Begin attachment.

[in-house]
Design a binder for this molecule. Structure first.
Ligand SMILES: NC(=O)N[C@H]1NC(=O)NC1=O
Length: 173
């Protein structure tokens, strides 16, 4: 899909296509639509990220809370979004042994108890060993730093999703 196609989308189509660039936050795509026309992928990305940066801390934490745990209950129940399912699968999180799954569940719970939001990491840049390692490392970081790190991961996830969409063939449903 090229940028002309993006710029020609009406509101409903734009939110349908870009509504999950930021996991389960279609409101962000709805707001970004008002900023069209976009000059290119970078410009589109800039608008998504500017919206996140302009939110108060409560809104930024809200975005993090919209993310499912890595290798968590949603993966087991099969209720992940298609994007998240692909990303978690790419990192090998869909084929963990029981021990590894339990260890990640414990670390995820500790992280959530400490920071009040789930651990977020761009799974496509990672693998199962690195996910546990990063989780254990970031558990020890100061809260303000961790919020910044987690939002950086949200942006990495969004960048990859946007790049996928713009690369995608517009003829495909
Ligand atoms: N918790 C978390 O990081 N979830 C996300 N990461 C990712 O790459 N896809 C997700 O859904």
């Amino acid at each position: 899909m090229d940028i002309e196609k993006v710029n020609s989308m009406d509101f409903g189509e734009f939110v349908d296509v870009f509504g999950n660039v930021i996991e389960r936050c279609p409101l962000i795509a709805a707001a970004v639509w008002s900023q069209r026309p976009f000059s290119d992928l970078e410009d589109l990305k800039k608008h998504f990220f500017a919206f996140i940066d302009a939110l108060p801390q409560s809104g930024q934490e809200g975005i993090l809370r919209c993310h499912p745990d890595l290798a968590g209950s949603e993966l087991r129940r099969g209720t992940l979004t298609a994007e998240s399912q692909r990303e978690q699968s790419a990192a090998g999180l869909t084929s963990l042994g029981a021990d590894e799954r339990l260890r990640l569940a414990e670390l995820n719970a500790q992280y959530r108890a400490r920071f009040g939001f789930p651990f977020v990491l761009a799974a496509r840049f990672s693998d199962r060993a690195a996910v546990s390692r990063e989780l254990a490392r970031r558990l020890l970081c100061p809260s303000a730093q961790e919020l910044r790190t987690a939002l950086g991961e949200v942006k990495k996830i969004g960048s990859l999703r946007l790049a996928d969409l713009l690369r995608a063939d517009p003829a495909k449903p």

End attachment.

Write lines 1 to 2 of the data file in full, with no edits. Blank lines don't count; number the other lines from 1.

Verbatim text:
[in-house]
Design a binder for this molecule. Structure first.